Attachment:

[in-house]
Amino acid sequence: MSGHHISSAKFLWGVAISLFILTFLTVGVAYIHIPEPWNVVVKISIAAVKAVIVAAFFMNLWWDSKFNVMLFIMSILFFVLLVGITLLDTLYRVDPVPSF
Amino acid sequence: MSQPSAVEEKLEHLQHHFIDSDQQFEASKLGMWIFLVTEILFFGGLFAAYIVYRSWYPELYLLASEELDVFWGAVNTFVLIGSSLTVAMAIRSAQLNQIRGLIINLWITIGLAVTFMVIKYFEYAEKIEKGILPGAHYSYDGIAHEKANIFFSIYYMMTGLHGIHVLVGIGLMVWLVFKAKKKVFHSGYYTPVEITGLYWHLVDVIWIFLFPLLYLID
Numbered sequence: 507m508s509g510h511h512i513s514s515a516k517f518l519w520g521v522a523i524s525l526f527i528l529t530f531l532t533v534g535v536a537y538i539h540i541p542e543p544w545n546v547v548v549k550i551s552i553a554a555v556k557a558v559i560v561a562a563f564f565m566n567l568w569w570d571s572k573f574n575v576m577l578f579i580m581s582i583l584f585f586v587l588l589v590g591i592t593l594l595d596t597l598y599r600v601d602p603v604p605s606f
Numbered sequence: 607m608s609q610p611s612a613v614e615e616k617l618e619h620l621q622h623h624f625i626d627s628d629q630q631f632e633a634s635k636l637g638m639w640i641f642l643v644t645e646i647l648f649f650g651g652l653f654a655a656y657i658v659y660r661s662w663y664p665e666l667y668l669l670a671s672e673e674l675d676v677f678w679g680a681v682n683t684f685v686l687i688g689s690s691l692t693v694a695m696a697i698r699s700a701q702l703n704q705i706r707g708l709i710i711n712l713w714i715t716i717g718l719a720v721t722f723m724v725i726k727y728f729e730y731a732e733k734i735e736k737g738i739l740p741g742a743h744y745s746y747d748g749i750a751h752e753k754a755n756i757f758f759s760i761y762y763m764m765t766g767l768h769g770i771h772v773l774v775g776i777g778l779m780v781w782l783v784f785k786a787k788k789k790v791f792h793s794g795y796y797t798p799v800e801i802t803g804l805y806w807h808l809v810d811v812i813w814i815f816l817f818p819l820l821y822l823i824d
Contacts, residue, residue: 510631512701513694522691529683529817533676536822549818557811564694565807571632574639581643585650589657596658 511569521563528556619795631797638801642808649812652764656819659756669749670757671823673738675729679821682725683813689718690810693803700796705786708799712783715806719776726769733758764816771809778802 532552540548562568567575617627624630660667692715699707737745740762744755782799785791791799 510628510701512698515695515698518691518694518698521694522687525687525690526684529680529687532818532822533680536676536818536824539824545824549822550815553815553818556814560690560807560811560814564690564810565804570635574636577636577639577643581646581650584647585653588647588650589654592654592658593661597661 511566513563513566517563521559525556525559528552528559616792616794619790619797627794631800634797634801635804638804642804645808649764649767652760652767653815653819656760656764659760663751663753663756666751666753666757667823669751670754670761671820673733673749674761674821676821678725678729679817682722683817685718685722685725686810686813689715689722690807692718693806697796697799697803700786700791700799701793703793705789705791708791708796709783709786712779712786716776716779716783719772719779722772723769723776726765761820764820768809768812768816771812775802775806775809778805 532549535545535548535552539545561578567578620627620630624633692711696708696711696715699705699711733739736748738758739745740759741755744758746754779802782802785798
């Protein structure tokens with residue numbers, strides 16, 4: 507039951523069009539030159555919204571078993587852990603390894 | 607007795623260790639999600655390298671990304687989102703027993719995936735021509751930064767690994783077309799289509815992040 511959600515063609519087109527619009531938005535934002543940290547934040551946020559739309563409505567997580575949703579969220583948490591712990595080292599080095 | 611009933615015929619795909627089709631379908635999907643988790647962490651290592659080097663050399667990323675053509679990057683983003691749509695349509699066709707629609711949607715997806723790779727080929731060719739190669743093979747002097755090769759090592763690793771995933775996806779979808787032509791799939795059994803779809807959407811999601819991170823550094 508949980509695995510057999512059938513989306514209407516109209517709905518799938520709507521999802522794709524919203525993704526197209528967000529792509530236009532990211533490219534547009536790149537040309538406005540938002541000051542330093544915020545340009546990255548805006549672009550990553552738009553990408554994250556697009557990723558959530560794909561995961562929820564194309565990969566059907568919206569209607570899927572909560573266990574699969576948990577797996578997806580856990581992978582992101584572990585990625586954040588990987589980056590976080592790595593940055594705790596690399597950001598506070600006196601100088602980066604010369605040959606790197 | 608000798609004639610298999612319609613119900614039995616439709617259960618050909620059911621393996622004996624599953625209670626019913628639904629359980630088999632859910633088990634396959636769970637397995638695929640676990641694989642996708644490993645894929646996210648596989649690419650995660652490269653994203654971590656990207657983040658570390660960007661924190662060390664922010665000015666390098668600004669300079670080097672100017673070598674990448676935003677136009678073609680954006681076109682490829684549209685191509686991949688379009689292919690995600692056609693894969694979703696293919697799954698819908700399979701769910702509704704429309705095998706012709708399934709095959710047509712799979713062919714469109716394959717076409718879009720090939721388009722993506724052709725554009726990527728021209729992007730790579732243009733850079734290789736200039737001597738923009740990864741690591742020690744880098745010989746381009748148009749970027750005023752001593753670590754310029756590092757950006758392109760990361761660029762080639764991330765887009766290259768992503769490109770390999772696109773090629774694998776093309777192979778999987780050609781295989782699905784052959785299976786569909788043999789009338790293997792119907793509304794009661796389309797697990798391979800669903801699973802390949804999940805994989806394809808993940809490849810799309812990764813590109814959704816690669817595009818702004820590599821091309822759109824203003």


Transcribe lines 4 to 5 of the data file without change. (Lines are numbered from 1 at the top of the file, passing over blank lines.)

Numbered sequence: 507m508s509g510h511h512i513s514s515a516k517f518l519w520g521v522a523i524s525l526f527i528l529t530f531l532t533v534g535v536a537y538i539h540i541p542e543p544w545n546v547v548v549k550i551s552i553a554a555v556k557a558v559i560v561a562a563f564f565m566n567l568w569w570d571s572k573f574n575v576m577l578f579i580m581s582i583l584f585f586v587l588l589v590g591i592t593l594l595d596t597l598y599r600v601d602p603v604p605s606f
Numbered sequence: 607m608s609q610p611s612a613v614e615e616k617l618e619h620l621q622h623h624f625i626d627s628d629q630q631f632e633a634s635k636l637g638m639w640i641f642l643v644t645e646i647l648f649f650g651g652l653f654a655a656y657i658v659y660r661s662w663y664p665e666l667y668l669l670a671s672e673e674l675d676v677f678w679g680a681v682n683t684f685v686l687i688g689s690s691l692t693v694a695m696a697i698r699s700a701q702l703n704q705i706r707g708l709i710i711n712l713w714i715t716i717g718l719a720v721t722f723m724v725i726k727y728f729e730y731a732e733k734i735e736k737g738i739l740p741g742a743h744y745s746y747d748g749i750a751h752e753k754a755n756i757f758f759s760i761y762y763m764m765t766g767l768h769g770i771h772v773l774v775g776i777g778l779m780v781w782l783v784f785k786a787k788k789k790v791f792h793s794g795y796y797t798p799v800e801i802t803g804l805y806w807h808l809v810d811v812i813w814i815f816l817f818p819l820l821y822l823i824d